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1:50 PM ET, April 21, 2012


 Top News: 
Steve Myers / Poynter:
Departure of Disney exec sparks Twitter spat over crediting scoops  —  Reuters' Peter Lauria complained today that his company wasn't credited with breaking news that Rich Ross was stepping down as head of The Disney Co.'s movie studio.  Do seconds divide the best and the rest?
Jay Rosen:
Four Types of Scoops  —  Journalists tend to be obsessed with scoops, meaning: the first to break the news, and being seen as the first, which means getting credit for it among peers.  —  But not all scoops are created equal.  I see four main types.  The politics of credit-claiming vary …
David Weigel / Slate:
How “Breaking News” Broke the News
Discussion: The Huffington Post
Mathew Ingram / GigaOM:
Nick Denton wants to turn the online media world on its head  —  Over the past couple of months, Gawker Media founder Nick Denton has made it clear that he doesn't like blog comments very much, and that includes the ones on his own sites such as Gizmodo and Jezebel.
Discussion: The Corsair, @sheamus, @jamiemottram and @nsolis, Thanks:@mathewi
David Goetzl / MediaPost:
Research On iPad's TV Usage Needs New Direction  —  The iPad may soon join the remote control and DVR in the pantheon of transformative TV devices, if it hasn't already.  Thanks to that prospect, its influence has stretched deeply into media research.  —  Never-ending wonder about how iPads …
Jamie Keene / The Verge:
Tablets the second most popular way to watch TV, says Viacom study  —  The second most popular way to watch TV is now on a tablet, with iPads leading the way, according to a study by US media giant Viacom.  The survey questioned 2,500 on where and how they watched full-length TV shows …
Discussion: Viacom and The Daily
Ryan Chittum / CJR:
The NYT Goes Backward on Digital Ads  —  The New York Times Company's first quarter earnings, reported yesterday, left a lot to be desired.  —, the company's web-only content farm, continues to crater, weighing down the newspapers.  It lost nearly a a quarter of its revenue …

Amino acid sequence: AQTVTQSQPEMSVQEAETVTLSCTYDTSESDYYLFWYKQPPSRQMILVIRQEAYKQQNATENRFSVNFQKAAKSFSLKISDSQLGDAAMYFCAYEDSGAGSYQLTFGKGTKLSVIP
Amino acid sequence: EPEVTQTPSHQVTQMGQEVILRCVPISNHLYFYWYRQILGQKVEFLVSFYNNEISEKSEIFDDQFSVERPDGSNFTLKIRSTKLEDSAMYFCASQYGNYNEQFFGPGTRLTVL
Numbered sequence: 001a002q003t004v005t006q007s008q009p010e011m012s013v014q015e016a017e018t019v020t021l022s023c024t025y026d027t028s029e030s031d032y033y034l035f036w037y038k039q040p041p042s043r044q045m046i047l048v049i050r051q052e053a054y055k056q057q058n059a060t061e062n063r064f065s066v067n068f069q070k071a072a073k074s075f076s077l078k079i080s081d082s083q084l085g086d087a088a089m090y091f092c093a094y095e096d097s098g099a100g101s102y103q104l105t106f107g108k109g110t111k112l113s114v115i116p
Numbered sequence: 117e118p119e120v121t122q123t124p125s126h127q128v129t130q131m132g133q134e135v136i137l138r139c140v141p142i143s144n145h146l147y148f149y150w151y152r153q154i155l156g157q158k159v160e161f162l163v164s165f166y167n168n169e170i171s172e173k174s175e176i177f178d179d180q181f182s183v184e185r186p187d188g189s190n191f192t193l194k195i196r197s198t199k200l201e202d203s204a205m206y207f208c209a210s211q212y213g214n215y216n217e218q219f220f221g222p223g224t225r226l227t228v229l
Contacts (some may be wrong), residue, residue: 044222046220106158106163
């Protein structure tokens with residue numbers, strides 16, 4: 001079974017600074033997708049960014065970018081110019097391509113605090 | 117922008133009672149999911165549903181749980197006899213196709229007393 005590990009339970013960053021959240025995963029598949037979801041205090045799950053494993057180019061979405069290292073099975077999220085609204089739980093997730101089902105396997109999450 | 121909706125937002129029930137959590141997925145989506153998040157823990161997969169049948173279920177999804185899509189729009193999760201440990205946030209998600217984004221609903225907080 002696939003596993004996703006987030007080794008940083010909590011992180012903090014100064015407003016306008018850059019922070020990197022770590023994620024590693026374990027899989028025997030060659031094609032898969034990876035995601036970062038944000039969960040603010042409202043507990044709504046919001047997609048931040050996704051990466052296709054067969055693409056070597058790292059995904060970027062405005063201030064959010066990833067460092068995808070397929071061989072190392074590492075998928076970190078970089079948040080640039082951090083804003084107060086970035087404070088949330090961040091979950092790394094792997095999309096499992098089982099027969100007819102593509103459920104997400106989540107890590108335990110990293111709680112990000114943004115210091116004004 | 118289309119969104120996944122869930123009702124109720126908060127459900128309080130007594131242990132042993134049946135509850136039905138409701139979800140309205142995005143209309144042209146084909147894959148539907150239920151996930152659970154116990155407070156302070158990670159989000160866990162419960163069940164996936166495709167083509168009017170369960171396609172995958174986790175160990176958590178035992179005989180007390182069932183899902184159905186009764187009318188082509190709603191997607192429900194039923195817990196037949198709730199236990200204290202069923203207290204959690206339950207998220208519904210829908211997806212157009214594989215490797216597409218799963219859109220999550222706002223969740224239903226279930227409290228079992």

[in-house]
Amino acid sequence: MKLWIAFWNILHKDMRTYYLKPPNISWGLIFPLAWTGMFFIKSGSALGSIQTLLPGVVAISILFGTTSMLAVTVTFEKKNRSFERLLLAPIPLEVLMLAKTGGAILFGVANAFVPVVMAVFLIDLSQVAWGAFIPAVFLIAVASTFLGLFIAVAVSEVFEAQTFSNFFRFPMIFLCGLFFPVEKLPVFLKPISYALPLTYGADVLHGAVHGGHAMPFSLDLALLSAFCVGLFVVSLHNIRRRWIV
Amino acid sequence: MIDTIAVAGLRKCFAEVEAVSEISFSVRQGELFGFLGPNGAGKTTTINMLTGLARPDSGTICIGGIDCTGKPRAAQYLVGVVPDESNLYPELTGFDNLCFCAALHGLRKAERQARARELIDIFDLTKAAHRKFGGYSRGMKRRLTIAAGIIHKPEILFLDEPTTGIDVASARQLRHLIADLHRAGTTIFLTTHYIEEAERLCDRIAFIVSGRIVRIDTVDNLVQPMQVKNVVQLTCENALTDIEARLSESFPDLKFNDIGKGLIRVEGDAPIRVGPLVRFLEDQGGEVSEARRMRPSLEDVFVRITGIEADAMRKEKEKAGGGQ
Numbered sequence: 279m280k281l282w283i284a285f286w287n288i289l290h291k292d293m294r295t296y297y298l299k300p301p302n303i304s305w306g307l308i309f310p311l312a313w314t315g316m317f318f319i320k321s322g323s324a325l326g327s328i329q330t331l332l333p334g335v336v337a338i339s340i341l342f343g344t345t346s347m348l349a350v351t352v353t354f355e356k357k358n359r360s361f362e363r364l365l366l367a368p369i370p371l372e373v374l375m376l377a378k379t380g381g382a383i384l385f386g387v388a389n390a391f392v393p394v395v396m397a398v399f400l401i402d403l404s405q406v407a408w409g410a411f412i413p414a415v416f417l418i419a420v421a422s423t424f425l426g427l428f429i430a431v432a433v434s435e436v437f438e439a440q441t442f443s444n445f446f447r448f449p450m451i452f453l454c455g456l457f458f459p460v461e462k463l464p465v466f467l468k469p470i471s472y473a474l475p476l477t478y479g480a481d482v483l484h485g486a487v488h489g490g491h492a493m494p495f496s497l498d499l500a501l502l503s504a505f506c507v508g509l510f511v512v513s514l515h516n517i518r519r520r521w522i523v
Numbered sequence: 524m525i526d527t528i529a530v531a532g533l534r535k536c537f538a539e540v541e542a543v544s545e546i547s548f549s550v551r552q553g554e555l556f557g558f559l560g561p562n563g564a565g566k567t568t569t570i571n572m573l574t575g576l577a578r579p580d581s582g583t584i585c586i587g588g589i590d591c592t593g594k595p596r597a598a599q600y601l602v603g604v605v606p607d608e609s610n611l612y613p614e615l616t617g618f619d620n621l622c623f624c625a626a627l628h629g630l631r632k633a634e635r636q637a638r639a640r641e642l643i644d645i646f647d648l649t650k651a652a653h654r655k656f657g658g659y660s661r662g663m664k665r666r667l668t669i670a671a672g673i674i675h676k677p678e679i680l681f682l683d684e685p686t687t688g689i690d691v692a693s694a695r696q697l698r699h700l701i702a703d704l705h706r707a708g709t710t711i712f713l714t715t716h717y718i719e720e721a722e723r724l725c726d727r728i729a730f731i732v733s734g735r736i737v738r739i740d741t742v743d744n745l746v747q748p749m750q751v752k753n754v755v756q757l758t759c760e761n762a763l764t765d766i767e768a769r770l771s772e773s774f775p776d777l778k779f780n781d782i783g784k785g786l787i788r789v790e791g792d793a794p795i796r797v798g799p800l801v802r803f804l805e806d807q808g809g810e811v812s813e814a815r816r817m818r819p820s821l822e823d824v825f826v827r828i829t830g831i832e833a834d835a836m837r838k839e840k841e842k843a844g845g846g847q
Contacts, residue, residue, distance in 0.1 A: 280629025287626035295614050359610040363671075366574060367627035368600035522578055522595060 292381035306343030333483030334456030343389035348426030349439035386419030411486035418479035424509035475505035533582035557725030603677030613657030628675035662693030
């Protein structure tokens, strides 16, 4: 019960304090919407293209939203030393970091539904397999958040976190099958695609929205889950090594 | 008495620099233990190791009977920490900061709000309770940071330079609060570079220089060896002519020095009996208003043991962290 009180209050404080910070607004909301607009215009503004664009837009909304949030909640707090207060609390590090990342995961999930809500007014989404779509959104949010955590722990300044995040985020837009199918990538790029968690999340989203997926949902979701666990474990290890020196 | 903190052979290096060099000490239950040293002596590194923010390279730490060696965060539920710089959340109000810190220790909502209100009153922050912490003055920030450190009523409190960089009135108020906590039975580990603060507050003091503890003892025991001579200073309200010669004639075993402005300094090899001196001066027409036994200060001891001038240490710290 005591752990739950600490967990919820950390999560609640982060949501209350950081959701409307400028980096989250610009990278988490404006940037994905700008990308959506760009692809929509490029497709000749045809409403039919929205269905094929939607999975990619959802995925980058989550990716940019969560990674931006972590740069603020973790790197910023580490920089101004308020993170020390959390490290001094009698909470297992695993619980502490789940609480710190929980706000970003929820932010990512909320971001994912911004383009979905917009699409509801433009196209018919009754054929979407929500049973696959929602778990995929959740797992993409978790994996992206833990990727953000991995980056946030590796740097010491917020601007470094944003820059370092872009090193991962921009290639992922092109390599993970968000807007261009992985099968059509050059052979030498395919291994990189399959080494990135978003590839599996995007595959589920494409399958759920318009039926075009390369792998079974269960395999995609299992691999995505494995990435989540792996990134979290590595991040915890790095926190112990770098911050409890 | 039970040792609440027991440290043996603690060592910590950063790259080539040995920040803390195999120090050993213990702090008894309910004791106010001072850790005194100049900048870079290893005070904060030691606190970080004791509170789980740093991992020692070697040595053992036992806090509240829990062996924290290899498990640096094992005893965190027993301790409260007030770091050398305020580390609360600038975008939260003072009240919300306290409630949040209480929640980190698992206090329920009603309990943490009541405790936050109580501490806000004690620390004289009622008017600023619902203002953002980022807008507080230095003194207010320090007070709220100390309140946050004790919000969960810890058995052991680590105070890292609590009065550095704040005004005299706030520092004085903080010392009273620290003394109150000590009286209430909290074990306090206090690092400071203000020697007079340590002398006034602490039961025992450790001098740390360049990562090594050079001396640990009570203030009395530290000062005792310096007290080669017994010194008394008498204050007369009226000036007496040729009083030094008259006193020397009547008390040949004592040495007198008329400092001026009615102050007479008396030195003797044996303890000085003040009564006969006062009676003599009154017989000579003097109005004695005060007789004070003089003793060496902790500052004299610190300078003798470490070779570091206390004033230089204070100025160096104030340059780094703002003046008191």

Andrew Beaujon / Poynter:
Boston Globe raises prices on 7-day delivery, but protects Sunday circulation
Discussion: AdAge and Boston Herald
Jeff John Roberts / paidContent:
NY tabloid's new South Asian section shows ‘local’ is cultural not geographic  —  What do local New Yorkers really want to read about?  Well, cricket and Bollywood, of course.  —  One of New York's longtime tabloids The Daily News has added a news section to its website called Desi that targets the city's large South Asian community.
MediaShift Idea Lab:
Pay Walls and Social Media Could Shift the Public Agenda  —  If conversations around digital journalism have been dominated by anything in the first quarter of 2012, it's probably been about subscriptions, also known as pay walls.  Walls are going up at the L.A. Times and Gannett papers, and getting higher at The New York Times.
The Huffington Post:
Limbaugh Battles New Campaign To Get Him Off Airwaves  —  Rush Limbaugh has a new headache on his hands: the National Organization of Women is launching another campaign to get him off the air.  —  The advocacy group announced its renewed efforts in an initiative called “Enough Rush” on Thursday.
Discussion: The Daily Caller
Foster Kamer / The New York Observer:
Has The Fox Mole Really Been Blackballed from Media Jobs?  —  Just a few days after Gawker introduced their recent and short-lived foray into corporate espionage-cum-pranksterism in the form of The Fox News Mole, one Joe Muto found himself on CNN, speaking with Howard Kurtz on Reliable Sources about the week he'd just had.
Justin Elliott / ProPublica:
Meet the Media Companies Lobbying Against Transparency  —  News organizations cultivate a reputation for demanding transparency, whether by suing for access to government documents, dispatching camera crews to the doorsteps of recalcitrant politicians, or editorializing in favor of open government.
Discussion: @romenesko and @davidfolkenflik
Joe Pompeo / Capital New York:
Sebastian Junger is done with war reporting, but convenes journalists in the Bronx to learn to save each other's lives mid-combat  —  Sebastian Junger, the famous author-reporter, emerged from the 5-train station at the corner of Third Avenue and 149th Street in the Bronx at around 7:45 …
Discussion: Outside
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 More News: 
 Earlier Picks: 
Michelle Quinn / Politico:
California: Bloggers should disclose political pay
Steven Rosenbaum / Fast Company:
Content Curators Are The New Superheros Of The Web
Howard Kurtz / The Daily Beast:
How Mitt Romney Beats the Press, Avoiding Most National Interviews

From Techmeme:

Mark Gurman / Bloomberg:
Sources: Apple is winding down Project Titan, its decade-long effort to make an electric car; Apple plans to move some impacted staff to generative AI projects

Jason Schreier / Bloomberg:
Sony says its PlayStation layoffs will also impact game makers Insomniac, Naughty Dog, and Guerrilla, three of its most successful subsidiaries

Sean Hollister / The Verge:
Filing: Nintendo sues the makers of Switch emulator Yuzu in US federal court, alleging it is designed to circumvent Nintendo's encryption and facilitates piracy

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